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MS Trust Shop Defining the value of MS Specialist Nurses

Defining the value of MS Specialist Nurses

This report is about the value of multiple sclerosis specialist nurses. It is intended for all members of the MS community, including MS patient organisations, those responsible for managing and commissioning MS services, neurologists and specialist nurses themselves. It assesses the case for the value of MS nursing and outlines the work needed to strengthen this case further.

Download Defining the value of MS Specialist Nurses (PDF 849Kb)


Foreward

MS specialist nurses matter greatly to people with MS. The recent audit of MS services, undertaken by the MS Trust and the Royal College of Physicians confirms this, with many comments from people with MS and healthcare colleagues praising the MS specialist nurses and the care they provide. Read more...

The report makes a series of important recommendations for future work, including:

  • To describe clearly the different service models currently operating amongst different MS nurses and how these fit with the long term conditions agenda.
  • To define clearly what is meant by 'caseload', make explicit the assumptions underpinning the idea of an acceptable caseload, and define what this is, according to service model.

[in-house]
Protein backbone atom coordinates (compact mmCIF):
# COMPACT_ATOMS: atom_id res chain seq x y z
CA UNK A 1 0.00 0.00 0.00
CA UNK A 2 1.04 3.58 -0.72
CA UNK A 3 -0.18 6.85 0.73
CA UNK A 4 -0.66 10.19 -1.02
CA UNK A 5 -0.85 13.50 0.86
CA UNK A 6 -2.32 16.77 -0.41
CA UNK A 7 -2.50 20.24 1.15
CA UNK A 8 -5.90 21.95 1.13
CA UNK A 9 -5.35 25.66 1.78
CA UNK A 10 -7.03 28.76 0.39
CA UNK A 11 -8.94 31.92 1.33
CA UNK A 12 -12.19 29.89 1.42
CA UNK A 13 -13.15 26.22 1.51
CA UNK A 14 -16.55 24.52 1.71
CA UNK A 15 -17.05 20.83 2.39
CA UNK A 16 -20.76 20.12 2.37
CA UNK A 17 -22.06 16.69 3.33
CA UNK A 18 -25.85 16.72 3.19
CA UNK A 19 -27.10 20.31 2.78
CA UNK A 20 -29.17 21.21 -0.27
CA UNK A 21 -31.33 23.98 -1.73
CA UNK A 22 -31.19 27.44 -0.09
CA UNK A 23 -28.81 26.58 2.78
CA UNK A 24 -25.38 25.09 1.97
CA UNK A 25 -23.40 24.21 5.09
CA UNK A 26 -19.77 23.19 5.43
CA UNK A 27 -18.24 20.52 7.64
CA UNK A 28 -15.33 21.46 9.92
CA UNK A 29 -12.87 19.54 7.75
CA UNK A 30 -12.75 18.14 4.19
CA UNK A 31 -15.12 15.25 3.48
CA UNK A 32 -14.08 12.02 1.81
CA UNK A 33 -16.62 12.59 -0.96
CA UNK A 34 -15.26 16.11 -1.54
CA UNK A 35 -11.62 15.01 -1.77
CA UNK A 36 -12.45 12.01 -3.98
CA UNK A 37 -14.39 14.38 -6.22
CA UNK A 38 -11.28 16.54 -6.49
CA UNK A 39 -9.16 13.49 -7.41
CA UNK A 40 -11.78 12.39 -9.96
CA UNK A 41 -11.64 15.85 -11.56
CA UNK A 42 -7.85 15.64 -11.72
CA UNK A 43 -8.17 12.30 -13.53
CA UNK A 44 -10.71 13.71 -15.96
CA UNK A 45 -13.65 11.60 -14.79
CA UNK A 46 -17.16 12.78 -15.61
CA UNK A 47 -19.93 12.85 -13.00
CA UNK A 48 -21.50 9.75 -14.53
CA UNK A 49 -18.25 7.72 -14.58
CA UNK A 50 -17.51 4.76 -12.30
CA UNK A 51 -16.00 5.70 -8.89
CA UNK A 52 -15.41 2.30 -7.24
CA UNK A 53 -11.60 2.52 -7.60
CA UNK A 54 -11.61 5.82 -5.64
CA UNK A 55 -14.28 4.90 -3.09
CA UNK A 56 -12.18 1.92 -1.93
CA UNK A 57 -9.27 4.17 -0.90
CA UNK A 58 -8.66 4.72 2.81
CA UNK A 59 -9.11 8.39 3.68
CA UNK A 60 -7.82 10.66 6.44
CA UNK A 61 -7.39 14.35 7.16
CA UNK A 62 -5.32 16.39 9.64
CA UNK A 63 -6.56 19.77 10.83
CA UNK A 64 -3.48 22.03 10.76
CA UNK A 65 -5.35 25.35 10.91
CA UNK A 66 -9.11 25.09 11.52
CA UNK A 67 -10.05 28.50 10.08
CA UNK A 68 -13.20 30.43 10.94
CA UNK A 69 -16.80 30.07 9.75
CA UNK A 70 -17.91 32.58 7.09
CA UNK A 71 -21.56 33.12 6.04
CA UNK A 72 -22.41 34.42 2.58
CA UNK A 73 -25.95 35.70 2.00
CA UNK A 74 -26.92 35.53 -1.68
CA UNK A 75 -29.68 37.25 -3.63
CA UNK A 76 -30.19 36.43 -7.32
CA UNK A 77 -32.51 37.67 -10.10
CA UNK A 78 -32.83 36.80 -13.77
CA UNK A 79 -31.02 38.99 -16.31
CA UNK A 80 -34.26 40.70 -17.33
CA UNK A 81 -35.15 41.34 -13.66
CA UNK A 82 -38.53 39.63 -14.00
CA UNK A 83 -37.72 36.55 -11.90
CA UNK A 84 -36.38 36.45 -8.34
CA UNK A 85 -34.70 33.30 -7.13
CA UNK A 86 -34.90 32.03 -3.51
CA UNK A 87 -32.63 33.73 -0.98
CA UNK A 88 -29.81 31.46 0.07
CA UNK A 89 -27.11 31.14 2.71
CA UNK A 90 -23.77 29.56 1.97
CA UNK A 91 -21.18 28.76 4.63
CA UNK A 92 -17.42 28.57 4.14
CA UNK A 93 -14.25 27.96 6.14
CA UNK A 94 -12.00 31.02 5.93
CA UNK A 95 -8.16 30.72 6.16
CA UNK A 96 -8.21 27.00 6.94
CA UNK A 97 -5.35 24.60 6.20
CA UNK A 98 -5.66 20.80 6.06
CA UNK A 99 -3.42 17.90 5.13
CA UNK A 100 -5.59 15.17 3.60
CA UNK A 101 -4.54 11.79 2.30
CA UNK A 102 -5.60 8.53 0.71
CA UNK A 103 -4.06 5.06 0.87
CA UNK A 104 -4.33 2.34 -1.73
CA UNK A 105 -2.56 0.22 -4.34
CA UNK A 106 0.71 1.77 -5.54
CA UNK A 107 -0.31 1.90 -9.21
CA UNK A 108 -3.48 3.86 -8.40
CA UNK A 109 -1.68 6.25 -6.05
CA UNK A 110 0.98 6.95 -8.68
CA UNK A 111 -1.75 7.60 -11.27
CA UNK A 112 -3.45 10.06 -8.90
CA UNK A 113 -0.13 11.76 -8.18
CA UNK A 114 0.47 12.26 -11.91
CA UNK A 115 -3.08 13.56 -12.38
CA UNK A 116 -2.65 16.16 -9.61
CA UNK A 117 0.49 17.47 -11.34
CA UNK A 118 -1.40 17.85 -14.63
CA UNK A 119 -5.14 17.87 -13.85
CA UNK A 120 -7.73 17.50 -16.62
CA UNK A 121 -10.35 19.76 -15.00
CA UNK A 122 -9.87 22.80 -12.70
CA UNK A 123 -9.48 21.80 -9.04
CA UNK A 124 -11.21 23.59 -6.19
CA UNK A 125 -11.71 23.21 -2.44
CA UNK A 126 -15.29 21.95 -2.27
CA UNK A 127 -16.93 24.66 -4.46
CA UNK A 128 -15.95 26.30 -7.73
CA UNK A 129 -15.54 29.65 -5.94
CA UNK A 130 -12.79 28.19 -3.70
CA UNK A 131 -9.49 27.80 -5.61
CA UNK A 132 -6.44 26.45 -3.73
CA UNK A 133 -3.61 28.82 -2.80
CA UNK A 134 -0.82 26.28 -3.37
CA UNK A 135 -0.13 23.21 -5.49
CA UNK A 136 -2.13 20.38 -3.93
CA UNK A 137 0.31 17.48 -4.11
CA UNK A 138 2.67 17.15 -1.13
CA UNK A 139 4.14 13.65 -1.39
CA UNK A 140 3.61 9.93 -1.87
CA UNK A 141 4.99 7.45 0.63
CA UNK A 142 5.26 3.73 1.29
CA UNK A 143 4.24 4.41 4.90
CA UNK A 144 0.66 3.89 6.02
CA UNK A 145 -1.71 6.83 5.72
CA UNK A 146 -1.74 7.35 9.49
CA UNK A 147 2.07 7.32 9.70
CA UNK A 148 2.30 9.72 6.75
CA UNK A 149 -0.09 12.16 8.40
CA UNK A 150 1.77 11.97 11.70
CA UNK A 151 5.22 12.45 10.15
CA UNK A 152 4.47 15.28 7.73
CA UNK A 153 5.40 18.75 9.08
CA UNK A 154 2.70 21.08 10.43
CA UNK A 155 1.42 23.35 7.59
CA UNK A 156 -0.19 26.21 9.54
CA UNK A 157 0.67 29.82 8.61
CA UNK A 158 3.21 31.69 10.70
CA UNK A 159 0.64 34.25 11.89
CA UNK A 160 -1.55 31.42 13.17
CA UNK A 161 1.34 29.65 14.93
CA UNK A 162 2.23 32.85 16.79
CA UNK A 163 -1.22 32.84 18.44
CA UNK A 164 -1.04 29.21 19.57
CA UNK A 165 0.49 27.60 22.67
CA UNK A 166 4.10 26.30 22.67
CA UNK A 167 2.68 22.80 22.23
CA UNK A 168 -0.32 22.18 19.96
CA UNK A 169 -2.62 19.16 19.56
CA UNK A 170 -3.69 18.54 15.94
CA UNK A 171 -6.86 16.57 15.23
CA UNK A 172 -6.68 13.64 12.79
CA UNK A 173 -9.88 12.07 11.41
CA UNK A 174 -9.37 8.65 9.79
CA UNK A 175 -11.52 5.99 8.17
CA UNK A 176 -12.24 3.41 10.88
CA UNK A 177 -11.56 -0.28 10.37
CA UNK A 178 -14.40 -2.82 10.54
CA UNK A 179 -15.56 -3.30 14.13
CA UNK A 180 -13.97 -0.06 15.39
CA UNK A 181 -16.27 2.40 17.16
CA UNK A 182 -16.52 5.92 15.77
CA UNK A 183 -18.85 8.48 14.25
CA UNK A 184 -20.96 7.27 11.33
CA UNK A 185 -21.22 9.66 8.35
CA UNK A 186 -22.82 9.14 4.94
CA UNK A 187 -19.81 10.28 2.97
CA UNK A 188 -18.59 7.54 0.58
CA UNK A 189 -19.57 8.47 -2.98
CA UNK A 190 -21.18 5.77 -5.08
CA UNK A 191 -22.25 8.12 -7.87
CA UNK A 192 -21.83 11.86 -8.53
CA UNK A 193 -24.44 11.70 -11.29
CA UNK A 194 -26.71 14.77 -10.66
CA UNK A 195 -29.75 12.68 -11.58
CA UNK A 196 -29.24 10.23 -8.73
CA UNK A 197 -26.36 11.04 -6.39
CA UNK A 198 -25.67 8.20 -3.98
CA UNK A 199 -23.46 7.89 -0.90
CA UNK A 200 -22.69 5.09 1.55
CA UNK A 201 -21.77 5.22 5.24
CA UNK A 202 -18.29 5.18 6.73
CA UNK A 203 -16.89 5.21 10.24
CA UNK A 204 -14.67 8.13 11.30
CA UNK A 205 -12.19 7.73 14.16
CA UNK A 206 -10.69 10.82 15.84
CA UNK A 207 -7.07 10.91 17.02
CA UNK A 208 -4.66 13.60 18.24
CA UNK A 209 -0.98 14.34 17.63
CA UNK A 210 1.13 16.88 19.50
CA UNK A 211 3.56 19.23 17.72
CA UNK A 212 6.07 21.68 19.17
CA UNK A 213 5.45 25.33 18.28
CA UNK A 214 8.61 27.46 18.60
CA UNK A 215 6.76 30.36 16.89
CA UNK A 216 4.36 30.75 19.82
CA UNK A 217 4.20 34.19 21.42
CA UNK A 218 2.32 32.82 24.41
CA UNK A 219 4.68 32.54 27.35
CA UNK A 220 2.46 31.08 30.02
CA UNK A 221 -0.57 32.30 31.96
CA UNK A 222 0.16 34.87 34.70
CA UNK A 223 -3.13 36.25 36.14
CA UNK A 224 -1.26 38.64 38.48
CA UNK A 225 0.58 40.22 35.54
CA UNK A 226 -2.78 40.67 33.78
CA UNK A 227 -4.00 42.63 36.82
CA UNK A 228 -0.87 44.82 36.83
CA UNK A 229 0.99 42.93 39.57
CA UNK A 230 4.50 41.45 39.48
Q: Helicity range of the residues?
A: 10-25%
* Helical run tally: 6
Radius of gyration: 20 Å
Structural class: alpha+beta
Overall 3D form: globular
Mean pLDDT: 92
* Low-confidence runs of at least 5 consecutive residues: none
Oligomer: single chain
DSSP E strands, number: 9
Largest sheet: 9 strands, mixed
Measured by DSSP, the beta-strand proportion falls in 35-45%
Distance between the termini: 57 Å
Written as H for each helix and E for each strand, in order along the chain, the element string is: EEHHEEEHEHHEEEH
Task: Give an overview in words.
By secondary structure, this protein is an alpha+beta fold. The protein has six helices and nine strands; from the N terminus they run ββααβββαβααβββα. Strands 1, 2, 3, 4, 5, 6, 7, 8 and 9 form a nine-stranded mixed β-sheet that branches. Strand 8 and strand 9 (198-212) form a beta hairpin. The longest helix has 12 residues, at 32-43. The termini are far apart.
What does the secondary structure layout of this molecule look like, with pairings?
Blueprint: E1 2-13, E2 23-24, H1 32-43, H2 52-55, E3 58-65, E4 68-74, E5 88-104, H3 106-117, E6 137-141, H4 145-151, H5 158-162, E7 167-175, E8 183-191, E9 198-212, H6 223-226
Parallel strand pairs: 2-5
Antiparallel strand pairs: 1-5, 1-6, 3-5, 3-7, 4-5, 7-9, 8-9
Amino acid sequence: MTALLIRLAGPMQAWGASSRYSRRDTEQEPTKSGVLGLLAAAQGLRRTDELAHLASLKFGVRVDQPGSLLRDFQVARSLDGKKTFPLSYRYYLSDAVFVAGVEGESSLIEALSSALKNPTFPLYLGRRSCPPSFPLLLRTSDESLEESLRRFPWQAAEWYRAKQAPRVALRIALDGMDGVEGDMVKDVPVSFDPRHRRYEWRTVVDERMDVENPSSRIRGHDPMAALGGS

• To share good practice across the MS nursing community in terms of efficient and effective working practices.
  • To develop a set of 'SMART', evidence-based quality standards for MS nursing services, against which performance can be measured, together with an effective tool for measuring patients' experiences.
  • To up skill MS nurses in evaluating their services through data collection, clinical audit and measuring the patient experience.
  • To bring together data on the value of MS specialist nurses to make a robust case to the commissioners of the future.

The MS Trust remains fully committed to the MS Specialist Nurses as well as the other specialist services on which people with MS rely, including therapists, neuropsychologists and specialist neurologists. We know how important these services are to people with MS and we will continue to support, campaign for and generate evidence about the difference they make every day.